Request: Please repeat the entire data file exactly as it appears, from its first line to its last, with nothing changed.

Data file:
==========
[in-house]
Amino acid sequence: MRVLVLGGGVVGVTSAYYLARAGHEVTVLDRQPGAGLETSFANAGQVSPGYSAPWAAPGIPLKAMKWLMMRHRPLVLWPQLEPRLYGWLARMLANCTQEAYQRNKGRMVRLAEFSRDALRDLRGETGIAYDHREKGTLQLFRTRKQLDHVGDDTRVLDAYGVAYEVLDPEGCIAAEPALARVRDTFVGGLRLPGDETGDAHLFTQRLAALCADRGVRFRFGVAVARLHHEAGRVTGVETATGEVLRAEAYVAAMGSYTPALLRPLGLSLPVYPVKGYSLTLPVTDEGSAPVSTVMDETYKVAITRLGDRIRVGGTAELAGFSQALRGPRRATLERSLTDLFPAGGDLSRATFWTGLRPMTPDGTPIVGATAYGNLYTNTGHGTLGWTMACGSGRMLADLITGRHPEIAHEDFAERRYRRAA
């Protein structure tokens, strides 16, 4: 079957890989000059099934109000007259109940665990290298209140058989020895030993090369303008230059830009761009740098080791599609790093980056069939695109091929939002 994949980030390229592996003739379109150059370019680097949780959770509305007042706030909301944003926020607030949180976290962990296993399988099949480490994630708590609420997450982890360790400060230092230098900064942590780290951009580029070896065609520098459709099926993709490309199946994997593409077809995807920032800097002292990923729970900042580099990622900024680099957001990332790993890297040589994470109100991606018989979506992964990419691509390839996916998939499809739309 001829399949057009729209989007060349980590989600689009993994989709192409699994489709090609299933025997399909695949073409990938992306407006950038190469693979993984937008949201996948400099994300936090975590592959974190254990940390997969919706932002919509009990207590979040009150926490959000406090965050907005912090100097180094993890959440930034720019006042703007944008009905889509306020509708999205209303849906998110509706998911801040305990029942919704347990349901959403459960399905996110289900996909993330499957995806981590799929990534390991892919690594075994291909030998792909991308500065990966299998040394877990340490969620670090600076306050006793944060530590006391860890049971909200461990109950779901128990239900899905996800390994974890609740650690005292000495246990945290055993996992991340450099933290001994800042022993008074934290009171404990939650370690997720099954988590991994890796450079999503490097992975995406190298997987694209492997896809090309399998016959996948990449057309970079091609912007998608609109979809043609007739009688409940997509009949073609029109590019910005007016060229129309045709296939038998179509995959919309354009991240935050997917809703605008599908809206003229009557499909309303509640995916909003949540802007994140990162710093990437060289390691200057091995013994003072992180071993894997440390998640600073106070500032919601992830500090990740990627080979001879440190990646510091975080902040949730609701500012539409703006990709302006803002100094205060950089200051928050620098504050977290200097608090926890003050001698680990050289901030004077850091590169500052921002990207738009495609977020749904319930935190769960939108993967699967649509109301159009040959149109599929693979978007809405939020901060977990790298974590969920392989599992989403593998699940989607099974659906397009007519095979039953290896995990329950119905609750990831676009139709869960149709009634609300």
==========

[in-house]
Amino acid sequence: MRVLVLGGGVVGVTSAYYLARAGHEVTVLDRQPGAGLETSFANAGQVSPGYSAPWAAPGIPLKAMKWLMMRHRPLVLWPQLEPRLYGWLARMLANCTQEAYQRNKGRMVRLAEFSRDALRDLRGETGIAYDHREKGTLQLFRTRKQLDHVGDDTRVLDAYGVAYEVLDPEGCIAAEPALARVRDTFVGGLRLPGDETGDAHLFTQRLAALCADRGVRFRFGVAVARLHHEAGRVTGVETATGEVLRAEAYVAAMGSYTPALLRPLGLSLPVYPVKGYSLTLPVTDEGSAPVSTVMDETYKVAITRLGDRIRVGGTAELAGFSQALRGPRRATLERSLTDLFPAGGDLSRATFWTGLRPMTPDGTPIVGATAYGNLYTNTGHGTLGWTMACGSGRMLADLITGRHPEIAHEDFAERRYRRAA
């Protein structure tokens, strides 16, 4: 079957890989000059099934109000007259109940665990290298209140058989020895030993090369303008230059830009761009740098080791599609790093980056069939695109091929939002 994949980030390229592996003739379109150059370019680097949780959770509305007042706030909301944003926020607030949180976290962990296993399988099949480490994630708590609420997450982890360790400060230092230098900064942590780290951009580029070896065609520098459709099926993709490309199946994997593409077809995807920032800097002292990923729970900042580099990622900024680099957001990332790993890297040589994470109100991606018989979506992964990419691509390839996916998939499809739309 001829399949057009729209989007060349980590989600689009993994989709192409699994489709090609299933025997399909695949073409990938992306407006950038190469693979993984937008949201996948400099994300936090975590592959974190254990940390997969919706932002919509009990207590979040009150926490959000406090965050907005912090100097180094993890959440930034720019006042703007944008009905889509306020509708999205209303849906998110509706998911801040305990029942919704347990349901959403459960399905996110289900996909993330499957995806981590799929990534390991892919690594075994291909030998792909991308500065990966299998040394877990340490969620670090600076306050006793944060530590006391860890049971909200461990109950779901128990239900899905996800390994974890609740650690005292000495246990945290055993996992991340450099933290001994800042022993008074934290009171404990939650370690997720099954988590991994890796450079999503490097992975995406190298997987694209492997896809090309399998016959996948990449057309970079091609912007998608609109979809043609007739009688409940997509009949073609029109590019910005007016060229129309045709296939038998179509995959919309354009991240935050997917809703605008599908809206003229009557499909309303509640995916909003949540802007994140990162710093990437060289390691200057091995013994003072992180071993894997440390998640600073106070500032919601992830500090990740990627080979001879440190990646510091975080902040949730609701500012539409703006990709302006803002100094205060950089200051928050620098504050977290200097608090926890003050001698680990050289901030004077850091590169500052921002990207738009495609977020749904319930935190769960939108993967699967649509109301159009040959149109599929693979978007809405939020901060977990790298974590969920392989599992989403593998699940989607099974659906397009007519095979039953290896995990329950119905609750990831676009139709869960149709009634609300």